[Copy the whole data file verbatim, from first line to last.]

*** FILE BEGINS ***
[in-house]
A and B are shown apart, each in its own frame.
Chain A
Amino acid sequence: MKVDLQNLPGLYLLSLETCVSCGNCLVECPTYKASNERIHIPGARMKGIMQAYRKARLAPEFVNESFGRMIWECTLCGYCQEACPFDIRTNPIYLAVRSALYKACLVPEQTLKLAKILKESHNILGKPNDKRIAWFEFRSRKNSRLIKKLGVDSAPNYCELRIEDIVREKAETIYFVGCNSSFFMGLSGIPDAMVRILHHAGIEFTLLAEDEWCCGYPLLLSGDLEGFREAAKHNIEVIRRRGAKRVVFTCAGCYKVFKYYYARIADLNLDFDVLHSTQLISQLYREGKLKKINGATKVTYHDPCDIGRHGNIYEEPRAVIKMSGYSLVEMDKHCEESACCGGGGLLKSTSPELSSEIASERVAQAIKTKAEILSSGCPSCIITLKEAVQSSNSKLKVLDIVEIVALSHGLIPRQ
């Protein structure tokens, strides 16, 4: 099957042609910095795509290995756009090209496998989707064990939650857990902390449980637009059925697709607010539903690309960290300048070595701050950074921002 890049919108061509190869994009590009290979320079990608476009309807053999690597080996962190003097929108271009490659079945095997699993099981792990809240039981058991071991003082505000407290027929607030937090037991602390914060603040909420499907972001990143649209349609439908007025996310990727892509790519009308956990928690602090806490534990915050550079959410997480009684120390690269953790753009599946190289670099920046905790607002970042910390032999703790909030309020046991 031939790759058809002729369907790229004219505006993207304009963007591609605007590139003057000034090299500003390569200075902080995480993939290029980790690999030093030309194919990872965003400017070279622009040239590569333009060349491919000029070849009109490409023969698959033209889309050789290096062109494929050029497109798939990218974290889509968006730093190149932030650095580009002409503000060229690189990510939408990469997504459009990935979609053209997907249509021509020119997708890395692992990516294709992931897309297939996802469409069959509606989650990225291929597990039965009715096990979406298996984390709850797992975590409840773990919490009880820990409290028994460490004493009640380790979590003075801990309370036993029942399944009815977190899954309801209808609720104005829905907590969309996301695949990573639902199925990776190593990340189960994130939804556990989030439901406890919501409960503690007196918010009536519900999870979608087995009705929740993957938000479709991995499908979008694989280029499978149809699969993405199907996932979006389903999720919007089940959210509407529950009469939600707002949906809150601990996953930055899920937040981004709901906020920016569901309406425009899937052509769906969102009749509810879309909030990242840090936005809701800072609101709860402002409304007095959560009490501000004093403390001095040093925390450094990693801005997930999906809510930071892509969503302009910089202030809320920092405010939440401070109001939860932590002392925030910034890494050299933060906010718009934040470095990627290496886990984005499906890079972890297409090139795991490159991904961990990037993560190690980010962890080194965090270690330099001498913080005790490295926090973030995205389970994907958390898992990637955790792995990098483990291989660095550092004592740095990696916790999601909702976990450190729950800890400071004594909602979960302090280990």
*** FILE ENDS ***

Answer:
[in-house]
A and B are shown apart, each in its own frame.
Chain A
Amino acid sequence: MKVDLQNLPGLYLLSLETCVSCGNCLVECPTYKASNERIHIPGARMKGIMQAYRKARLAPEFVNESFGRMIWECTLCGYCQEACPFDIRTNPIYLAVRSALYKACLVPEQTLKLAKILKESHNILGKPNDKRIAWFEFRSRKNSRLIKKLGVDSAPNYCELRIEDIVREKAETIYFVGCNSSFFMGLSGIPDAMVRILHHAGIEFTLLAEDEWCCGYPLLLSGDLEGFREAAKHNIEVIRRRGAKRVVFTCAGCYKVFKYYYARIADLNLDFDVLHSTQLISQLYREGKLKKINGATKVTYHDPCDIGRHGNIYEEPRAVIKMSGYSLVEMDKHCEESACCGGGGLLKSTSPELSSEIASERVAQAIKTKAEILSSGCPSCIITLKEAVQSSNSKLKVLDIVEIVALSHGLIPRQ
């Protein structure tokens, strides 16, 4: 099957042609910095795509290995756009090209496998989707064990939650857990902390449980637009059925697709607010539903690309960290300048070595701050950074921002 890049919108061509190869994009590009290979320079990608476009309807053999690597080996962190003097929108271009490659079945095997699993099981792990809240039981058991071991003082505000407290027929607030937090037991602390914060603040909420499907972001990143649209349609439908007025996310990727892509790519009308956990928690602090806490534990915050550079959410997480009684120390690269953790753009599946190289670099920046905790607002970042910390032999703790909030309020046991 031939790759058809002729369907790229004219505006993207304009963007591609605007590139003057000034090299500003390569200075902080995480993939290029980790690999030093030309194919990872965003400017070279622009040239590569333009060349491919000029070849009109490409023969698959033209889309050789290096062109494929050029497109798939990218974290889509968006730093190149932030650095580009002409503000060229690189990510939408990469997504459009990935979609053209997907249509021509020119997708890395692992990516294709992931897309297939996802469409069959509606989650990225291929597990039965009715096990979406298996984390709850797992975590409840773990919490009880820990409290028994460490004493009640380790979590003075801990309370036993029942399944009815977190899954309801209808609720104005829905907590969309996301695949990573639902199925990776190593990340189960994130939804556990989030439901406890919501409960503690007196918010009536519900999870979608087995009705929740993957938000479709991995499908979008694989280029499978149809699969993405199907996932979006389903999720919007089940959210509407529950009469939600707002949906809150601990996953930055899920937040981004709901906020920016569901309406425009899937052509769906969102009749509810879309909030990242840090936005809701800072609101709860402002409304007095959560009490501000004093403390001095040093925390450094990693801005997930999906809510930071892509969503302009910089202030809320920092405010939440401070109001939860932590002392925030910034890494050299933060906010718009934040470095990627290496886990984005499906890079972890297409090139795991490159991904961990990037993560190690980010962890080194965090270690330099001498913080005790490295926090973030995205389970994907958390898992990637955790792995990098483990291989660095550092004592740095990696916790999601909702976990450190729950800890400071004594909602979960302090280990």